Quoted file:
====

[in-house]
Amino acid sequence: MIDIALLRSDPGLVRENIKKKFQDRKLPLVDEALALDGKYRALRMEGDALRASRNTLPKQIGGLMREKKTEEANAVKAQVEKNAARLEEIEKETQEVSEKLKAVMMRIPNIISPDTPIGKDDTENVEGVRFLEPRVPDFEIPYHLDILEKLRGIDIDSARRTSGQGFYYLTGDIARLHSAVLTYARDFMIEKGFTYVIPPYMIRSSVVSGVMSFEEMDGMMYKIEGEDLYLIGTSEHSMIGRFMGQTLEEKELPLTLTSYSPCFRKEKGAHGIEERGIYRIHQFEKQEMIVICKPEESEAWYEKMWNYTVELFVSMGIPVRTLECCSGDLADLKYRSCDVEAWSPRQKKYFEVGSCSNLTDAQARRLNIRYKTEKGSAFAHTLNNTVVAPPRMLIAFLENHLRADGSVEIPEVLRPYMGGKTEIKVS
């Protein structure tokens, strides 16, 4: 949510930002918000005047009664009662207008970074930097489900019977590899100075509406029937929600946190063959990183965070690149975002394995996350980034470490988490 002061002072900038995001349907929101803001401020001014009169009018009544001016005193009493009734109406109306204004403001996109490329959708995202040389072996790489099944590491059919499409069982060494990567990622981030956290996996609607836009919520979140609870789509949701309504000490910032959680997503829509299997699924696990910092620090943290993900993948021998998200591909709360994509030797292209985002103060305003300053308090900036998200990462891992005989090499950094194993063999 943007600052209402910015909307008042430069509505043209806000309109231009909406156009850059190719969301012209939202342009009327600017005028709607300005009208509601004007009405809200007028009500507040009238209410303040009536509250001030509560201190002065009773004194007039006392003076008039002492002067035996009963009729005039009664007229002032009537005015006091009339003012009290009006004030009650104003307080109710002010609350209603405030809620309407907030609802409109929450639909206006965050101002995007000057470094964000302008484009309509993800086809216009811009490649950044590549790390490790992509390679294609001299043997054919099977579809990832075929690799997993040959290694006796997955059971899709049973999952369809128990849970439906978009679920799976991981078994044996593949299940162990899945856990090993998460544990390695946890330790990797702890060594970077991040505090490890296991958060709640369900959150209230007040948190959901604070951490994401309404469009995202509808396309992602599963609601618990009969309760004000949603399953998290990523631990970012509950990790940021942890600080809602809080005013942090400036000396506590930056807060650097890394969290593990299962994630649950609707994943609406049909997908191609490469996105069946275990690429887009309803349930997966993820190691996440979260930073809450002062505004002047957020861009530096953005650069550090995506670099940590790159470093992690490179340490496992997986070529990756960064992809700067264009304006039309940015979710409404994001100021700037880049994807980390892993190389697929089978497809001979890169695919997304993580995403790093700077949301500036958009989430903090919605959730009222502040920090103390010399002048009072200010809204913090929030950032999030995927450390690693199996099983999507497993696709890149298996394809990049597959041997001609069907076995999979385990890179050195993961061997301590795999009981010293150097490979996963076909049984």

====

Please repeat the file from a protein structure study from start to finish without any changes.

[in-house]
Amino acid sequence: MIDIALLRSDPGLVRENIKKKFQDRKLPLVDEALALDGKYRALRMEGDALRASRNTLPKQIGGLMREKKTEEANAVKAQVEKNAARLEEIEKETQEVSEKLKAVMMRIPNIISPDTPIGKDDTENVEGVRFLEPRVPDFEIPYHLDILEKLRGIDIDSARRTSGQGFYYLTGDIARLHSAVLTYARDFMIEKGFTYVIPPYMIRSSVVSGVMSFEEMDGMMYKIEGEDLYLIGTSEHSMIGRFMGQTLEEKELPLTLTSYSPCFRKEKGAHGIEERGIYRIHQFEKQEMIVICKPEESEAWYEKMWNYTVELFVSMGIPVRTLECCSGDLADLKYRSCDVEAWSPRQKKYFEVGSCSNLTDAQARRLNIRYKTEKGSAFAHTLNNTVVAPPRMLIAFLENHLRADGSVEIPEVLRPYMGGKTEIKVS
């Protein structure tokens, strides 16, 4: 949510930002918000005047009664009662207008970074930097489900019977590899100075509406029937929600946190063959990183965070690149975002394995996350980034470490988490 002061002072900038995001349907929101803001401020001014009169009018009544001016005193009493009734109406109306204004403001996109490329959708995202040389072996790489099944590491059919499409069982060494990567990622981030956290996996609607836009919520979140609870789509949701309504000490910032959680997503829509299997699924696990910092620090943290993900993948021998998200591909709360994509030797292209985002103060305003300053308090900036998200990462891992005989090499950094194993063999 943007600052209402910015909307008042430069509505043209806000309109231009909406156009850059190719969301012209939202342009009327600017005028709607300005009208509601004007009405809200007028009500507040009238209410303040009536509250001030509560201190002065009773004194007039006392003076008039002492002067035996009963009729005039009664007229002032009537005015006091009339003012009290009006004030009650104003307080109710002010609350209603405030809620309407907030609802409109929450639909206006965050101002995007000057470094964000302008484009309509993800086809216009811009490649950044590549790390490790992509390679294609001299043997054919099977579809990832075929690799997993040959290694006796997955059971899709049973999952369809128990849970439906978009679920799976991981078994044996593949299940162990899945856990090993998460544990390695946890330790990797702890060594970077991040505090490890296991958060709640369900959150209230007040948190959901604070951490994401309404469009995202509808396309992602599963609601618990009969309760004000949603399953998290990523631990970012509950990790940021942890600080809602809080005013942090400036000396506590930056807060650097890394969290593990299962994630649950609707994943609406049909997908191609490469996105069946275990690429887009309803349930997966993820190691996440979260930073809450002062505004002047957020861009530096953005650069550090995506670099940590790159470093992690490179340490496992997986070529990756960064992809700067264009304006039309940015979710409404994001100021700037880049994807980390892993190389697929089978497809001979890169695919997304993580995403790093700077949301500036958009989430903090919605959730009222502040920090103390010399002048009072200010809204913090929030950032999030995927450390690693199996099983999507497993696709890149298996394809990049597959041997001609069907076995999979385990890179050195993961061997301590795999009981010293150097490979996963076909049984």